Cruise Lines International Association (CLIA) representing 95 percent of global oceangoing cruise capacity, today announced that its CLIA Global Board unanimously voted to adopt mandatory core elements of a strong set of health protocols to be implemented as part of a phased-in, highly controlled resumption of cruise operations.
CLIA's press release said a critical next step, now that initial sailing has begun effectively with strict protocols in Europe, is the resumption of operations in the Caribbean, Mexico and Central America (the Americas), the world's largest cruise market for annual deployment.
Restart of U.S. Cruising?
The goal is the restart of limited operations in the Americas and, most importantly, operations related to U.S. ports. In its statement, CLIA said: "Initial cruises would sail on modified itineraries under stringent protocols that encompass the entirety of the cruise experience, from booking to debarkation. With support and approval of regulators and destinations, cruises could feasibly begin during the remainder of 2020."
The latter, though, would require approval from the U.S. Centers for Disease Control and Prevention (CDC), which currently has a "No Sail Order" through September 30 for any cruises (with more than 250 passengers) that depart from U.S. ports; smaller ships are not impacted by that order.
In addition, the CDC has a public comment period which ends today, but the agency still must sift through and evaluate documents and data being submitted. But the recent success of MSC Cruises' successful operation in Europe has provided a good dose of optimism.
When the CDC does give approval for U.S. embarking cruises to resume, how long would it take for cruise lines to gear up for sailing. On a conference call briefing with Travel Agent and other publications earlier today, Arnold Donald, president and CEO, Carnival Corporation, told reporters that it could take "a good 30 days or so" with crew travel, training and testing requirements, That assessment was echoed by Pierfrancesco Vago, chairman, MSC Cruises, which has been operating in Europe for five weeks.
During the media briefing, Richard Fain, chairman and CEO, Royal Caribbean Group, stressed the importance of collaboration not competition by the various lines, while Frank Del Rio, president and CEO, Norwegian Cruise Line Holdings, emphasized the importance of returning only when it's safe to do so.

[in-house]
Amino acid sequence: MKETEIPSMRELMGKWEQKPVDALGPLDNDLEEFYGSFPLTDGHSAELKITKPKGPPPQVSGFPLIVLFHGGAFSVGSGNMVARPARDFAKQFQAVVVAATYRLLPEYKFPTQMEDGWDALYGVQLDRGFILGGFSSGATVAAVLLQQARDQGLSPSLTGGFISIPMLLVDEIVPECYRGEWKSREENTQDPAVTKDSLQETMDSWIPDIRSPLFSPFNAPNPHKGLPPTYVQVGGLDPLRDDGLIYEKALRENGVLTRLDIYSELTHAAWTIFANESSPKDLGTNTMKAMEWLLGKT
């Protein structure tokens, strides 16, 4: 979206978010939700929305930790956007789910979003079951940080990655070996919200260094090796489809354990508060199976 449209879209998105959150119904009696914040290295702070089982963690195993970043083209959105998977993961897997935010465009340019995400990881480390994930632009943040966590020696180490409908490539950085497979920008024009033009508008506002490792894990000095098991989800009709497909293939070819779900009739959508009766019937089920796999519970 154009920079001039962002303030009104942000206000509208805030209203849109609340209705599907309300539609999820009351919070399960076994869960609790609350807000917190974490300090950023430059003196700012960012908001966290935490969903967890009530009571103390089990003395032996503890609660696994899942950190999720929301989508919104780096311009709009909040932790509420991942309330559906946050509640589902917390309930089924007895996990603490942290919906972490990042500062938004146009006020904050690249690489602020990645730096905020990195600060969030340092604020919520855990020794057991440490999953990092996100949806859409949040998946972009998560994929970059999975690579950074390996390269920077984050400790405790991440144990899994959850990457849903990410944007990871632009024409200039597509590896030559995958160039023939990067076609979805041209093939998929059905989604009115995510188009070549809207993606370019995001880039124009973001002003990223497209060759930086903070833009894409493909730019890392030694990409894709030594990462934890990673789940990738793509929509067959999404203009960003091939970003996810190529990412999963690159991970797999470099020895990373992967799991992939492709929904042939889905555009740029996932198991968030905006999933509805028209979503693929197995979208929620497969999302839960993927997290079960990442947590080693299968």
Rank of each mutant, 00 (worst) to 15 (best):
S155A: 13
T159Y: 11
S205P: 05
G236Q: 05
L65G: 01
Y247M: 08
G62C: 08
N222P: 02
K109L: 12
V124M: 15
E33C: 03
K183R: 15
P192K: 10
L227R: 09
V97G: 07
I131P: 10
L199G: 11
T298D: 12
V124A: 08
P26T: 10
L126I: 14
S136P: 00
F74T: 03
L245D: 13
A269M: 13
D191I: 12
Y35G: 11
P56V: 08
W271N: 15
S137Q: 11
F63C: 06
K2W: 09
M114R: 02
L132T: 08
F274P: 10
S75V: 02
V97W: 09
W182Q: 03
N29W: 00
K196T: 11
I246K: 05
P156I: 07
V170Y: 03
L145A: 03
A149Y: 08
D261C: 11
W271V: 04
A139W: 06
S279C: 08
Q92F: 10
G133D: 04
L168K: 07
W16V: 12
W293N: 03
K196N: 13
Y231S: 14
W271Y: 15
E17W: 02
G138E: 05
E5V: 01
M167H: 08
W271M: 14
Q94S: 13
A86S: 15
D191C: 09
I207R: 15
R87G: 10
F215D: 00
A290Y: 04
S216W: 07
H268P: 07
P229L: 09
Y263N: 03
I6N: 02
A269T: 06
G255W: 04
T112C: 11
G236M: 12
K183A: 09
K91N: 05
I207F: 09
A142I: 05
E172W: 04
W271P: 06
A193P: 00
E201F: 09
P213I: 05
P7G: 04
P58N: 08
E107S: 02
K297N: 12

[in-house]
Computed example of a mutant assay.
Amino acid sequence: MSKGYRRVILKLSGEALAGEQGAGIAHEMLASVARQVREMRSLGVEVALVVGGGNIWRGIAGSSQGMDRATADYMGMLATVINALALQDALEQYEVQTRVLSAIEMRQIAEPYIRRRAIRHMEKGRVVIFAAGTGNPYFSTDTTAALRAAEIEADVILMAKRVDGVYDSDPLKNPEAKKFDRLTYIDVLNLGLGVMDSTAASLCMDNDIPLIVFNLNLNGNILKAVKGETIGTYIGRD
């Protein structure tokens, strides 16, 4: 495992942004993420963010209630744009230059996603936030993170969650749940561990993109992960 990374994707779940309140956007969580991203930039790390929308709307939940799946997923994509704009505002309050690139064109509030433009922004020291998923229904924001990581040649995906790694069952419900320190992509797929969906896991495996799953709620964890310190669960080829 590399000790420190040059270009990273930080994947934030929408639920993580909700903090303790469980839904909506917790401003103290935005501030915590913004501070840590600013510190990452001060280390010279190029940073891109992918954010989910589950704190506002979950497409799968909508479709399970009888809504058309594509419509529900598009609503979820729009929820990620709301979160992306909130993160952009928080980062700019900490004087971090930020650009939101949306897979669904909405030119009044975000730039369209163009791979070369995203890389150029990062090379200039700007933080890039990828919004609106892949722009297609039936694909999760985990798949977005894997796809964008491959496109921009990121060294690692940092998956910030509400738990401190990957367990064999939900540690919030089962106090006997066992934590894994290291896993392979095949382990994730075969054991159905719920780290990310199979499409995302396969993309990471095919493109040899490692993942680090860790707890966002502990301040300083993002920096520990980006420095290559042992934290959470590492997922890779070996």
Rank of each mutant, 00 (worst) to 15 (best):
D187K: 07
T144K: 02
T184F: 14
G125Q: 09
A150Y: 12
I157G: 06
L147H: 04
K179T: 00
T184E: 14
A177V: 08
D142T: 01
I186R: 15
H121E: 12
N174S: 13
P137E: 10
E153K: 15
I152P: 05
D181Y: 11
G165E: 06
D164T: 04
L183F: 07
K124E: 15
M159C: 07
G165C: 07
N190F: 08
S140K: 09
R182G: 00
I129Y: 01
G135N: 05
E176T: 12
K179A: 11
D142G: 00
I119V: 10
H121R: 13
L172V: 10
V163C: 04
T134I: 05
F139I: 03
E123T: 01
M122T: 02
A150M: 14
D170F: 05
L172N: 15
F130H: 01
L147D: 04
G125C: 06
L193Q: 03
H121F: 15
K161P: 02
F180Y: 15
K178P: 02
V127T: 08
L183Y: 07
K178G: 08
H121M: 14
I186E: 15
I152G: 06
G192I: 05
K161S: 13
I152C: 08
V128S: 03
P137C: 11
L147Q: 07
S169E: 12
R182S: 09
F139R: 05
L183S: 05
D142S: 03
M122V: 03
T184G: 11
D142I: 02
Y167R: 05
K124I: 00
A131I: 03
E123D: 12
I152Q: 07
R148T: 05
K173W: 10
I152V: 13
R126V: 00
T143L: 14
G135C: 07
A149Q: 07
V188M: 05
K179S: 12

CLIA officials also participated on that call and Travel Agent will outline more feedback and intel from the leaders in a separate story coming soon. But, for the first time throughout the pandemic, CLIA has adopted mandatory measures—including a 100 percent pre-embarkation testing requirement for both passengers ad crew members—which could help the CDC decide to lift that order and pave a path for lines to begin serving cruisers once again from U.S. ports.
Adam Goldstein, CLIA's global chairman, told reporters that "unlike any other sector of travel, every cruise line member of CLIA will test every guest and crew member."
According to CLIA, each day that U.S. cruise operations are suspended results n a loss of up to $110 million in economic activity and 800 direct and indirect American jobs. The impact of the suspension has been particularly profound in states that depend heavily on cruise tourism, including Florida, Texas, Alaska, Washington, New York and California.
New CLIA Protocols
With input from leading scientists, medical experts and health authorities, the core elements of the CLIA mandatory protocols for member lines have been gleaned from these efforts by CLIA member lines:
- Recommendations from the "Healthy Sail Panel" established by Royal Caribbean Group and Norwegian Cruise Line Holdings Ltd. with those results released today and submitted to the CDC
- MSC’s Blue Ribbon group
- Carnival Corporation’s collection of outside independent experts
- Effective protocols developed for the successful sailings in Europe by MSC Cruises, Costa, TUI Cruises, Ponant, Seadream and others
CLIA said its adoption of the new, initial protocols are a pathway to support a phased-in, highly-controlled return to passenger service in the Caribbean, Mexico and Central America. The protocols are designed to promote the health and safety of passengers, crew and the communities visited.
"The core elements mirror the successful resumption of cruising in other parts of the world and include 100 percent testing of passengers and crew prior to boarding—a travel industry first," CLIA said in its statement.
In addition, CLIA said core elements adopted by the board will be continuously evaluated and adjusted against the current state of the COVID-19 pandemic, as well as the availability of new prevention and mitigation measures.
"The core elements, which are applicable to CLIA member oceangoing cruise ships subject to the Center for Disease Control and Prevention (CDC) 'No Sail Order,' will also be submitted by the Cruise Lines International Association (CLIA) on behalf of its members in response to the CDC’s Request for Information (RFI) related to the safe resumption of cruise operations," the CLIA statement continued. CLIA’s response to the RFI also details other measures that address the entire cruise experience from booking to disembarkation.
"Highlights of the core elements include:
- Testing: 100 percent testing of passengers and crew for COVID-19 prior to embarkation
- Mask-Wearing: Mandatory wearing of masks by all passengers and crew onboard and during excursions whenever physical distancing cannot be maintained
- Distancing: Physical distancing in terminals, onboard ships, on private islands and during shore excursions
- Ventilation: Air management and ventilation strategies to increase fresh air onboard and, where feasible, using enhanced filters and other technologies to mitigate risk